Project Arts Centre is completely accessible for wheel chair users.
Our two performance spaces are also fitted with the Loop system to assist those with hearing impairment.
If you require any further information or assistance, please contact firstname.lastname@example.org or call 01-8819613.
CAN I HIRE A SPACE AT PROJECT?
We have a fantastic bar upstairs which is ideal for private parties, launches, gatherings and bespoke events.
If you’re interested in hosting an event in our bar, please contact Ciaran on email@example.com with your details of your event and preferred dates, or call 01 8819630.
We also have two performance spaces we hire out for rehearsals, filming, events, talks or workshops. However, these spaces are fully programmed until the end of the year, with the exception of a few weeks in June and July.
We do not hire our gallery space for exhibitions as this is programmed year round by our Curator of Visual Arts.
Project Arts Centre consists of the following facilities:
Performance/ Gallery Space
1. A ground floor gallery space
2. A ground floor multi-purpose space (Cube) – capacity <=90 seated
3. A first floor multi-purpose space (Space Upstairs) – capacity <=220 seated
4. Four dressing rooms and green room
If you require any further information regarding the technical specifications for these facilities please direct your enquiries to our Production Manager, Joseph Collins – firstname.lastname@example.org.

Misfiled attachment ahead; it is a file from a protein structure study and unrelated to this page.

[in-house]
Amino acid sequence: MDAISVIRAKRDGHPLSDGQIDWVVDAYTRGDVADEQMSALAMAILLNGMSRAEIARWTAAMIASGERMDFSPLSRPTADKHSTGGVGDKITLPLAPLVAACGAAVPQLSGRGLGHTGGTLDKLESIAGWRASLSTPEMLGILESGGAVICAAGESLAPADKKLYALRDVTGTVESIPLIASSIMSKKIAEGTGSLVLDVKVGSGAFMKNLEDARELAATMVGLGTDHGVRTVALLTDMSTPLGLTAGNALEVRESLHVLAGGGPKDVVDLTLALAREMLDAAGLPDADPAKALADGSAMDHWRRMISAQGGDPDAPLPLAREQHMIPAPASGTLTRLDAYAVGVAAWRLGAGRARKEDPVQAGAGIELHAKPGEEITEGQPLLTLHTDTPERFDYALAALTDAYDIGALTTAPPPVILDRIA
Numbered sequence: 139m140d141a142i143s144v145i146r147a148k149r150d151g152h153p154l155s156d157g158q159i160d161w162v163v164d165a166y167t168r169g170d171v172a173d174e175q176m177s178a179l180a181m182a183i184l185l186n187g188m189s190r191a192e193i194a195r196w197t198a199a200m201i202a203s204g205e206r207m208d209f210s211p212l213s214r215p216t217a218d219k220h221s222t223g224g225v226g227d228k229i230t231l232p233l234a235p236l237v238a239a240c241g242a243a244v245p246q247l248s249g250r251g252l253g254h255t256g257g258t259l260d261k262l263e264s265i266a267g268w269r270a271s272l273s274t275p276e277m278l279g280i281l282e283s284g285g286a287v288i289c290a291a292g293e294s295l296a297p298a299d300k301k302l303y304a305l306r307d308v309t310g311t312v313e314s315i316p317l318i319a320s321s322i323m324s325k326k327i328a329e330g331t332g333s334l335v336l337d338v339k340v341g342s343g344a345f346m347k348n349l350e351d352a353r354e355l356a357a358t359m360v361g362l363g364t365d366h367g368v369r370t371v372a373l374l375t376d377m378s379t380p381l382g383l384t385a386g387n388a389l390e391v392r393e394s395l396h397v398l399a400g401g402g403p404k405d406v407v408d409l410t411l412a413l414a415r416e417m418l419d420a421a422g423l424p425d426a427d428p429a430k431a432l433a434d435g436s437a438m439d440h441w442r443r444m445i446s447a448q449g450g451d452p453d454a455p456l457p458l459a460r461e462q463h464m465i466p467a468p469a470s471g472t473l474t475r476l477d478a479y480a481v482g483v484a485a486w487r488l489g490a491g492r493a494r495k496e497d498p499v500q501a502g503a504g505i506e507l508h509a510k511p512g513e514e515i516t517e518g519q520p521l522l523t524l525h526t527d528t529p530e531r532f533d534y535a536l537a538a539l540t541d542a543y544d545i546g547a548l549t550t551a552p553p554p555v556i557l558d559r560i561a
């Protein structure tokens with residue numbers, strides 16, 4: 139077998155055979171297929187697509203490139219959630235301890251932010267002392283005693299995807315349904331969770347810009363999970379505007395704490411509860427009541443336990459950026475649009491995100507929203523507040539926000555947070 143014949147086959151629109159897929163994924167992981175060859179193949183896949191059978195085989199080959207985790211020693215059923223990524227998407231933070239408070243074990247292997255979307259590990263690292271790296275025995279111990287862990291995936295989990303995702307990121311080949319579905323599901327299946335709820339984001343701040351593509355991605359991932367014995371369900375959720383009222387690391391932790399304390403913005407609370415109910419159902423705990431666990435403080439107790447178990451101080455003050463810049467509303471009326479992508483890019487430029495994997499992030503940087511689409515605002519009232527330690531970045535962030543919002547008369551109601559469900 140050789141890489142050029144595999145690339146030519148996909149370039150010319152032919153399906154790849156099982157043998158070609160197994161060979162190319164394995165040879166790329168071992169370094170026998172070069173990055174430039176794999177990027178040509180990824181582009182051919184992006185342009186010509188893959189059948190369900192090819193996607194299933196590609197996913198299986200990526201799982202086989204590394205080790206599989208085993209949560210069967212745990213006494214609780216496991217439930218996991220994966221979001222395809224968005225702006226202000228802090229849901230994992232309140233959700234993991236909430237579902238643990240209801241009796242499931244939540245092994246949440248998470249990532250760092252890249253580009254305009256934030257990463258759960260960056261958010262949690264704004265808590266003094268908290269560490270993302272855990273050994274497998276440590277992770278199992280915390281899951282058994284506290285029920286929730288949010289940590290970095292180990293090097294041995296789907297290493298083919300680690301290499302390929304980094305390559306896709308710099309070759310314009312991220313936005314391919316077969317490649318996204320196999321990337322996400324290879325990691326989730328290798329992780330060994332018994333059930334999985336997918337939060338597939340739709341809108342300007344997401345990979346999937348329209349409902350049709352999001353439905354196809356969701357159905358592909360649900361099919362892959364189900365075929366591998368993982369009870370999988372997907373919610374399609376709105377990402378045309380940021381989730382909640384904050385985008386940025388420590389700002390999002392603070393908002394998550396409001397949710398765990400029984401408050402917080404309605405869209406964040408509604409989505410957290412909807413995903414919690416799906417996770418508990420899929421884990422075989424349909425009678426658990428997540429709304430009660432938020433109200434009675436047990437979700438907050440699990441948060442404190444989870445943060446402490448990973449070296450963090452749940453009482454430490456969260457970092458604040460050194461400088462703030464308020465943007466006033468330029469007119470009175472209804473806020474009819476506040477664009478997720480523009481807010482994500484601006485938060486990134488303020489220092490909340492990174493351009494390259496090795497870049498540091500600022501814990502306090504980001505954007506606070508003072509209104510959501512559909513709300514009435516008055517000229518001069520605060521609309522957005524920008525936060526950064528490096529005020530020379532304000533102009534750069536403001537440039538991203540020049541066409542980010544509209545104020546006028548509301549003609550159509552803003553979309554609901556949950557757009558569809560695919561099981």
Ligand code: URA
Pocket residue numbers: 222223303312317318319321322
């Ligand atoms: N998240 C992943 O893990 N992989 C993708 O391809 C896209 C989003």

Project Bar is open during performances, serving a range of beer, wine, spirits and non-alcoholic refreshments.
Project Arts Centre began life as a three-week festival at the Gate Theatre in November 1966. Although the initial impetus was to produce a single play this soon evolved into a season of experimental music, visual arts, seminars, children’s theatre and a hot debate on censorship with special guest, Edna O’Brien. Project’s first exhibition showed the work of four artists John Behan, Charlie Cullen, Michael Kane and John Kelly.
Such was the energy of this season that the founders co-operated to establish a permanent alternative centre for the performing and visual arts. In 1967 Project Gallery opened in Lower Abbey Street with an exhibition of graphic works by John Behan.
In 1969 Project was forced to move to a basement in the YMCA further down Lower Abbey Street. At this stage, film screenings and plays were introduced to the programme and the Project Gallery became the Project Arts Centre. Paintings that were on show during the day came off the walls at night when the space was taken over for performance. Project was now providing a venue for the work of writers and directors like Jim and Peter Sheridan, Vinnie McCabe and Neil Jordan.
In 1972 Project was on the move again to a disused factory in South King Street where Robert Ballagh showed his response to Bloody Sunday with chalk outlines of 13 bodies and chicken blood. In the theatre space directors Alan Stanford and Chris O’Neill filled every slot and playwright Tom Murphy’s first work On The Outside was premiered.
Finally, in 1974, Project settled in the former Dollard Printing Works at East Essex Street.